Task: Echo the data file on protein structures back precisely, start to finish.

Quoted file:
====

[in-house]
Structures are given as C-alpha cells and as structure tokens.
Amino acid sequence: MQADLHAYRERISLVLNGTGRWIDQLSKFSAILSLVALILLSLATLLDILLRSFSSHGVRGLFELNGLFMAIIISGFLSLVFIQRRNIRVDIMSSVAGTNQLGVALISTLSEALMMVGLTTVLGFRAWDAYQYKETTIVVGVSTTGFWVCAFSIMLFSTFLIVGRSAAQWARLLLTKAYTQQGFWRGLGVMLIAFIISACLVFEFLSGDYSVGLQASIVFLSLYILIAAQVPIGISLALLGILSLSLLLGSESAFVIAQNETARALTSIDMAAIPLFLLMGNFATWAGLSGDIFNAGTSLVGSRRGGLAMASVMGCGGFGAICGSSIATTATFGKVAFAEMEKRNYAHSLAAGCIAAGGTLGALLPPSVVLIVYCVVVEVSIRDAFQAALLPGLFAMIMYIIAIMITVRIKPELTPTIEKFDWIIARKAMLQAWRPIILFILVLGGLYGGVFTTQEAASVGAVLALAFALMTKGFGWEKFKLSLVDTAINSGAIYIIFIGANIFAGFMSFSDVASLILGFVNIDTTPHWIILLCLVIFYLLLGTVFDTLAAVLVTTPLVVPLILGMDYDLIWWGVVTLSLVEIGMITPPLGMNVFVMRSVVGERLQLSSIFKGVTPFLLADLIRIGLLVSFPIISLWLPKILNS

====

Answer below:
[in-house]
Structures are given as C-alpha cells and as structure tokens.
Amino acid sequence: MQADLHAYRERISLVLNGTGRWIDQLSKFSAILSLVALILLSLATLLDILLRSFSSHGVRGLFELNGLFMAIIISGFLSLVFIQRRNIRVDIMSSVAGTNQLGVALISTLSEALMMVGLTTVLGFRAWDAYQYKETTIVVGVSTTGFWVCAFSIMLFSTFLIVGRSAAQWARLLLTKAYTQQGFWRGLGVMLIAFIISACLVFEFLSGDYSVGLQASIVFLSLYILIAAQVPIGISLALLGILSLSLLLGSESAFVIAQNETARALTSIDMAAIPLFLLMGNFATWAGLSGDIFNAGTSLVGSRRGGLAMASVMGCGGFGAICGSSIATTATFGKVAFAEMEKRNYAHSLAAGCIAAGGTLGALLPPSVVLIVYCVVVEVSIRDAFQAALLPGLFAMIMYIIAIMITVRIKPELTPTIEKFDWIIARKAMLQAWRPIILFILVLGGLYGGVFTTQEAASVGAVLALAFALMTKGFGWEKFKLSLVDTAINSGAIYIIFIGANIFAGFMSFSDVASLILGFVNIDTTPHWIILLCLVIFYLLLGTVFDTLAAVLVTTPLVVPLILGMDYDLIWWGVVTLSLVEIGMITPPLGMNVFVMRSVVGERLQLSSIFKGVTPFLLADLIRIGLLVSFPIISLWLPKILNS